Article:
Car insurance is a necessary evil, but there are ways of reducing your premium come renewal time If you drive a car, then it needs to be covered by insurance - it's the law. You might not necessarily provide your own cover, but either way you need to be insured to get behind the wheel. The minimum cover you can have is for third party damage - so other road users are covered, but you and your own vehicle are not - but you should really aim for the most cover that you can afford and fully comprehensive insurance is often no more expensive. ANPR automatic number plate readers help the police to cross-reference vehicle registrations against insurance databases to see if a car has valid cover at the time it's being driven.
If you haven't got the right kind of insurance, or any cover at all, and you're stopped by the police, then you will be liable to a fixed penalty of £300 and have six points added to your licence. If proceedings escalate, you could be facing a court case where you may get an unlimited fine and also be disqualified from driving. The police will also be able to seize your vehicle. The majority of road users are covered by insurance, and the most recent Driver Power survey in 2016 revealed that the average Auto Express reader pays more than £400 a year for their policy. But of course that's an average, and some drivers will face far higher or lower bills than that. Ways to save on you car insurance. There's no escaping the fact that if you simply let your car insurance roll over every 12 months without shopping around, you'll be paying a lot more for cover than you should. Simply logging on to an insurance comparison website should help you see whether you're paying through the nose for your premium, and these sites should be your first port of call in the weeks coming up to your renewal.
Once you're armed with some online quotes, it's time to get dialling. First, try your existing insurer. Phone them and talk directly to a sales advisor, as this will be the easiest way of negotiating a new price. If it can't match or undercut your lowest quote at the first time of asking, it's worth telling them that you will be moving on if it can't do anything to help. This should sway the company your way, and if they can oblige with a similar quote, then you're on to a winner, because then you won't need to fill out any forms or supply new information, as all you'll be doing is paying a lower bill or monthly direct debit. One point to make is that some of the larger companies, such as Aviva and Direct Line, don't supply insurance quotes to online comparison sites, so it would be worth researching these firms separately just to see if they can beat your best offer.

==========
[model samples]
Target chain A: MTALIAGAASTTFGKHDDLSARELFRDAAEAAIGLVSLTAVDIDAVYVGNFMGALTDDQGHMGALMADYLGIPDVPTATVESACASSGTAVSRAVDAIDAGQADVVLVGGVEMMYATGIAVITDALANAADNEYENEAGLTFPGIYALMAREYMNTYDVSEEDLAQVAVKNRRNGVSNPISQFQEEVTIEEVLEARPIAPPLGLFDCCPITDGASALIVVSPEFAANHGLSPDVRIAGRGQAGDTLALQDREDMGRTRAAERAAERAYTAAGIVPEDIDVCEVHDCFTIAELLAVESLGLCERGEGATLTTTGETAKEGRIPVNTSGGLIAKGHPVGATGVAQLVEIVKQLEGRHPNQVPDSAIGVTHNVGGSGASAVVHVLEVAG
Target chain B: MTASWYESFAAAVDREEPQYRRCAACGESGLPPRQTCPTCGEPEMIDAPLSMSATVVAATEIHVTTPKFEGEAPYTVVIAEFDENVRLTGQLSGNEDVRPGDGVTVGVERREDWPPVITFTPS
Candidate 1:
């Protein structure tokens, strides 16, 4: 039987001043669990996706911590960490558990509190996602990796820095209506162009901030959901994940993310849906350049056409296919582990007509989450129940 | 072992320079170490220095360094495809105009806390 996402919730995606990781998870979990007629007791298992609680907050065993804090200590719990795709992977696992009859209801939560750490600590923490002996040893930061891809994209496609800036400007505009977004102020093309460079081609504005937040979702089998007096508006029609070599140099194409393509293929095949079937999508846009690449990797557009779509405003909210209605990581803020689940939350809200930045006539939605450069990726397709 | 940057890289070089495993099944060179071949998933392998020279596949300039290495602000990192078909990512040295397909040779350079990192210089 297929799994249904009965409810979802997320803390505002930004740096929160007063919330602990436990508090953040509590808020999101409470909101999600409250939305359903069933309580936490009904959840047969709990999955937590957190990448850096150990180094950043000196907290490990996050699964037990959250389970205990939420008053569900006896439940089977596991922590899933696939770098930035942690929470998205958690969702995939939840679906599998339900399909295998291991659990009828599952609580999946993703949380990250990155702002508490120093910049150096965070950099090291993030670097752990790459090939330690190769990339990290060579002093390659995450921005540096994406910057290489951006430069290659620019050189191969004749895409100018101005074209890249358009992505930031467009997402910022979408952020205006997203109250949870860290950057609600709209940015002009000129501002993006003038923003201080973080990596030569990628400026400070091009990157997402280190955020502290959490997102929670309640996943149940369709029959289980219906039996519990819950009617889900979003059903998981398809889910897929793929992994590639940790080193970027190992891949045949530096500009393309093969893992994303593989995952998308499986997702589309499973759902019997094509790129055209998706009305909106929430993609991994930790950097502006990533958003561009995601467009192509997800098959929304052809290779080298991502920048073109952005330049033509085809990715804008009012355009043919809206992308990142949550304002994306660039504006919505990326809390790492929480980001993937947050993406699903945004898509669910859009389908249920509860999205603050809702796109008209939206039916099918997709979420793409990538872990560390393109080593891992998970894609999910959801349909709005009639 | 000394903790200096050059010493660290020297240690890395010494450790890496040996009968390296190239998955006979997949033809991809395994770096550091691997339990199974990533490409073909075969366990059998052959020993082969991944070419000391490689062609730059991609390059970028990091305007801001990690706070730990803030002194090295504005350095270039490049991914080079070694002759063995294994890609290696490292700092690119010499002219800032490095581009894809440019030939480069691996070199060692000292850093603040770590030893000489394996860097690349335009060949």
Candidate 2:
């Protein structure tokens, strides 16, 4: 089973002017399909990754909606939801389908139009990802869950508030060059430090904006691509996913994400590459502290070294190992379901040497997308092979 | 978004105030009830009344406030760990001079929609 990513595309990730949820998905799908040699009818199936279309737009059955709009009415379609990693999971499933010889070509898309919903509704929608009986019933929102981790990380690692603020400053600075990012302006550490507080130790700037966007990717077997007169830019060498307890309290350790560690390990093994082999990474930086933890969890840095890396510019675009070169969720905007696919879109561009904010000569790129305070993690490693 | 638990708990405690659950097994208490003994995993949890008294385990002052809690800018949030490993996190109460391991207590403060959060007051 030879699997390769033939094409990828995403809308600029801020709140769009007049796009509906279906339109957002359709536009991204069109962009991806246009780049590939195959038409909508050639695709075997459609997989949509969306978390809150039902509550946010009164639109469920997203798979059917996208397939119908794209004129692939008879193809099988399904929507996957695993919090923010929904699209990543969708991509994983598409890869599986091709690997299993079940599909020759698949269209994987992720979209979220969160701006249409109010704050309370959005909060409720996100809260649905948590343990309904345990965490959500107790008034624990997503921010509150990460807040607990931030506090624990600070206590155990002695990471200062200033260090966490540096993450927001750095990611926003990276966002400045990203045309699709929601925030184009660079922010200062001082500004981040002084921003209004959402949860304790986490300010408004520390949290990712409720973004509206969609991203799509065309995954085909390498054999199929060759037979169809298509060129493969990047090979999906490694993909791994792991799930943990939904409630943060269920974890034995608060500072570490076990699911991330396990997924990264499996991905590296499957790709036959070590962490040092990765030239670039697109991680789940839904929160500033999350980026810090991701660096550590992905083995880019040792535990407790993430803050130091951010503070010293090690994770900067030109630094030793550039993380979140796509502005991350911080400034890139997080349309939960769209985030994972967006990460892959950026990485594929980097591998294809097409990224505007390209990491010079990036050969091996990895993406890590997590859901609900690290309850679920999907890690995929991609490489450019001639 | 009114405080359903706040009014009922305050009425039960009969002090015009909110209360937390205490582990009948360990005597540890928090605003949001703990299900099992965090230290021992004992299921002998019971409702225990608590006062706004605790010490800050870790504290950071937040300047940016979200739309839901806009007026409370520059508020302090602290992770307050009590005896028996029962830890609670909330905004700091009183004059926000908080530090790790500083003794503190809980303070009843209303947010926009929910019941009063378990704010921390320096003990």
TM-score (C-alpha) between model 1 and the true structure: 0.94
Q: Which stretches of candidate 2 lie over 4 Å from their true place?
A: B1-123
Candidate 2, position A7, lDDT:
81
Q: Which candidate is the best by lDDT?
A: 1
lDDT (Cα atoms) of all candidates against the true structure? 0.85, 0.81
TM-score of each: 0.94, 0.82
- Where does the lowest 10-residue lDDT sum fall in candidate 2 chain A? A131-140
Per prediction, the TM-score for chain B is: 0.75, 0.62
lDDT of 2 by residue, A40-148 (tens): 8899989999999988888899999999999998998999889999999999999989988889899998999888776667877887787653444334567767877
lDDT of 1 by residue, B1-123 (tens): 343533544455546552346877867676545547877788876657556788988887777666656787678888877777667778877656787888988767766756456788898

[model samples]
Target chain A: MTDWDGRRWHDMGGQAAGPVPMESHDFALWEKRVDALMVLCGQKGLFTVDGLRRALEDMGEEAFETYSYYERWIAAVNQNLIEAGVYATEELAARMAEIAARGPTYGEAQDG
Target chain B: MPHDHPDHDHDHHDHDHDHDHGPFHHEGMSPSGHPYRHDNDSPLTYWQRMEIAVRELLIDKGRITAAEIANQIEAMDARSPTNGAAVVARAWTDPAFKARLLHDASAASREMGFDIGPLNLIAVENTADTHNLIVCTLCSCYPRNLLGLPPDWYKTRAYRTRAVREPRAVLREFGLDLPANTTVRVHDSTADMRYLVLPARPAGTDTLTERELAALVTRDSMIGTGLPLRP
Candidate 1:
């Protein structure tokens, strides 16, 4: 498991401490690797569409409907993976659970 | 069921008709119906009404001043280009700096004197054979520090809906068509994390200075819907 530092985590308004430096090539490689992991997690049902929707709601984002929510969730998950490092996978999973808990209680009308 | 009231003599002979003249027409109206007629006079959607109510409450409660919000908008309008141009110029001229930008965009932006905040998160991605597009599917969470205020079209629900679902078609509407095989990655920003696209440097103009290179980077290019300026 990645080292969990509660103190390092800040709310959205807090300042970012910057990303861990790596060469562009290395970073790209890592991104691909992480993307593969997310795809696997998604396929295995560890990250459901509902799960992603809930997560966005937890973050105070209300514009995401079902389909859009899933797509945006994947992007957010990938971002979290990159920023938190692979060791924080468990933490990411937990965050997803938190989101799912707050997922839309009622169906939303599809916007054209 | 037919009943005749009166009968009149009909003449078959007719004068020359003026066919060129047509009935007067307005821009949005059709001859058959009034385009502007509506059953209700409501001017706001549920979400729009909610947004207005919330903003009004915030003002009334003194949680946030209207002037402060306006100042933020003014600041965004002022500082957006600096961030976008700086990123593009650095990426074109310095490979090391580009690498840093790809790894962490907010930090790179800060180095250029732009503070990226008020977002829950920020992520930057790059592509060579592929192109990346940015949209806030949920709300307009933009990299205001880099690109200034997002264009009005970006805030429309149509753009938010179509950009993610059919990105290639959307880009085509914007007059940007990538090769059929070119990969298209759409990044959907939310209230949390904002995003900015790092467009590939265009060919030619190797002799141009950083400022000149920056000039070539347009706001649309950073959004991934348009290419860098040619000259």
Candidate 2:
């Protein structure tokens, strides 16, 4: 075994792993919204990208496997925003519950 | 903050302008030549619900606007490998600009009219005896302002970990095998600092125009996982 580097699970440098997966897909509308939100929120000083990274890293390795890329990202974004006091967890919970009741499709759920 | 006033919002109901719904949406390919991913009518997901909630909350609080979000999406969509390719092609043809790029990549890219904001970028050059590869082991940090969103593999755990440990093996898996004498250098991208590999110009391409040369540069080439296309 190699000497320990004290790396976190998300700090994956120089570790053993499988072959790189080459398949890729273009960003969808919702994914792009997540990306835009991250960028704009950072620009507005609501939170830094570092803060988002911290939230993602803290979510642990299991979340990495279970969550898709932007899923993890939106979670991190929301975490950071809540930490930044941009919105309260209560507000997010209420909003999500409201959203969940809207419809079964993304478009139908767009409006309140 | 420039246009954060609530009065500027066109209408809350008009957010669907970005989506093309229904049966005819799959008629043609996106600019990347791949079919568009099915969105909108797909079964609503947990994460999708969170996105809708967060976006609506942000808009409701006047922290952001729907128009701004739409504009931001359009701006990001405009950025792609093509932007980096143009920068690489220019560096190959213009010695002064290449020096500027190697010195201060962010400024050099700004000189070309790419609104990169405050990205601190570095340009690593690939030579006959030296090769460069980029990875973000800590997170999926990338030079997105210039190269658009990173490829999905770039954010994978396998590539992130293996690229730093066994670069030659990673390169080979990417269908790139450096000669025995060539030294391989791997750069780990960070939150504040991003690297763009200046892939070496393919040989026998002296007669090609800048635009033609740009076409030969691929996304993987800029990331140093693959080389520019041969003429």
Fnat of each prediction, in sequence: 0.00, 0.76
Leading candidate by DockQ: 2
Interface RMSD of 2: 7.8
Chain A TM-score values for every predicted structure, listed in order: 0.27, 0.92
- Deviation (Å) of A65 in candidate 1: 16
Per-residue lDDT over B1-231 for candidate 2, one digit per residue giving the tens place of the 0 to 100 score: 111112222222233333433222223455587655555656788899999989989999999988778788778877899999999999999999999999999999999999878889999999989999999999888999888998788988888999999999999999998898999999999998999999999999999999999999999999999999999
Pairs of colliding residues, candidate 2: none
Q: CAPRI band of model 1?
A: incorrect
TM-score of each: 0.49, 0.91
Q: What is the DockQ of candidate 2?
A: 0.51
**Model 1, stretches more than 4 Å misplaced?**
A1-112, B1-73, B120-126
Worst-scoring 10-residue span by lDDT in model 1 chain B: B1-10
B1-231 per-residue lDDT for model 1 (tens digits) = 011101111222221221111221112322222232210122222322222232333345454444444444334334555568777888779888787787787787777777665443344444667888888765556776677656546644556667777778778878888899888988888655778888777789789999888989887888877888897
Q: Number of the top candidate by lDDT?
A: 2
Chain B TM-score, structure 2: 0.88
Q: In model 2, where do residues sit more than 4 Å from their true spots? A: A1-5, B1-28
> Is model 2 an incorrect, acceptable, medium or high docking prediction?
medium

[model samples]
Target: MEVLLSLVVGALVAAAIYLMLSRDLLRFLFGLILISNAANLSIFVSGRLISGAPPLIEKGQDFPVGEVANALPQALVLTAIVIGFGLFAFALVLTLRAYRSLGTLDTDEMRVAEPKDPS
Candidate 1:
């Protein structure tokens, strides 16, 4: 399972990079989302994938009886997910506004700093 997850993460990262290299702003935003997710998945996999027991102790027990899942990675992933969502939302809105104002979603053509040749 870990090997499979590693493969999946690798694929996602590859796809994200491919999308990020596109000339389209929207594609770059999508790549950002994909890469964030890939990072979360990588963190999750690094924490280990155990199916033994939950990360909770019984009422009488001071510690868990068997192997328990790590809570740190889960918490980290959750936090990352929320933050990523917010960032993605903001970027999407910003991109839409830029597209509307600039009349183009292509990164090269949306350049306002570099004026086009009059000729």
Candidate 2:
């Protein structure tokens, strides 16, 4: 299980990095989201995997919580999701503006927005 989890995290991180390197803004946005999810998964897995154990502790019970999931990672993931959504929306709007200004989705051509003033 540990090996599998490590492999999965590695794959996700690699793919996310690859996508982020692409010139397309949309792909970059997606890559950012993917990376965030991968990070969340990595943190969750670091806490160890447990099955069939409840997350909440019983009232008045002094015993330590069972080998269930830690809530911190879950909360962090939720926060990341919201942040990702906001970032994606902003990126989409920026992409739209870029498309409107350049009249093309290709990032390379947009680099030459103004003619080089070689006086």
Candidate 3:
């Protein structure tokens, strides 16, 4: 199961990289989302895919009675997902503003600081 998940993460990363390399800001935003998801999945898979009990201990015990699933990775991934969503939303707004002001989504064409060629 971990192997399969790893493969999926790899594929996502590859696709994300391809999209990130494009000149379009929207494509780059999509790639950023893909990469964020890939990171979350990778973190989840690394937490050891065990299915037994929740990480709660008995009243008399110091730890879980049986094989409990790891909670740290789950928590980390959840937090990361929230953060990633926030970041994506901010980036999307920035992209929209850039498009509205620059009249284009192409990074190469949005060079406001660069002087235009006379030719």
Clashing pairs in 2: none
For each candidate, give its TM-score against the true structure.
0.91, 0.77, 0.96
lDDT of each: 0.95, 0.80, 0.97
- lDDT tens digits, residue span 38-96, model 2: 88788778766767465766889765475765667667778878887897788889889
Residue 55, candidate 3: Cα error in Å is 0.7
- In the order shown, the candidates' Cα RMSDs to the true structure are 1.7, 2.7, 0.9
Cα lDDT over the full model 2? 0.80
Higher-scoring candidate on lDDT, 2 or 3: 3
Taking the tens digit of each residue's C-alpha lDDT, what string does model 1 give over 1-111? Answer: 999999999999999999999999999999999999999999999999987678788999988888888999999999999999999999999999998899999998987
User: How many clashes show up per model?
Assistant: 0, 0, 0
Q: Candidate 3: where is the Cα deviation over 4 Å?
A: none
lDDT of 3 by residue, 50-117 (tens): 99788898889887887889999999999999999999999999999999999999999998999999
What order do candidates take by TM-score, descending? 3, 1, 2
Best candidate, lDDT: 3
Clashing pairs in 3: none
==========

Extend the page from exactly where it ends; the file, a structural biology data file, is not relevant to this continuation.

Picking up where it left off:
If you can pay for your insurance in one go, that could save you some cash. Paying a lump sum means you don't have to worry about it for another 12 months. But most insurance firms know that customers usually don't have the means to pay in one go, so they may charge interest if you take out a monthly direct debit to pay for your cover. Check your car insurance policy Be aware of any extras that are loaded on top of the basic policy. Extras such as legal cover or cover for possessions might be included. But if you have home insurance, the latter could well already be covered, so you'd be paying extra for something you don't need and might be quite limited in it coverage.
If you have more than one car, then a multi-car policy could help you to save money. Put both cars on the same policy with one company, and let the insurance company the names and driving history of everybody who will be driving them, and there are savings to be made over having separate cover for each car. Interestingly, while there are three levels of insurance cover - fully comprehensive, third party, fire & theft and third party-only - the lower levels of cover won't necessarily provide the cheapest quotes.
A study of insurance costs by The AA revealed that, on average, a fully comprehensive policy is nearly £200 cheaper than third party fire & theft – the thought behind this being that somebody who takes out fully comp cover is more responsible than somebody who just wants the bare minimum cover available. Another way to reduce the cost of cover is to attain a recognised advanced driving course. Do this, and sign up with a driving association such as the Institute of Advanced Motorists, and you can easily see another 10 per cent cut from your premium. Kitting your car out with technology can also help to cut costs.
Pam Quinn, from the British Insurance Brokers’ Association, told us: “Using the latest in technology can help reduce costs. For example, driving with a dash cam lowers premiums by 10 per cent on average. “We’ve also found that new drivers can cut costs by fitting a telematics box.” Industry data shows the devices save £212 on average for new drivers. Finally, we recommend purchasing your insurance via a cashback site, as you can earn as much as £70. Similarly, by clicking through from one of these sites when buying breakdown cover, you can earn up to £30. .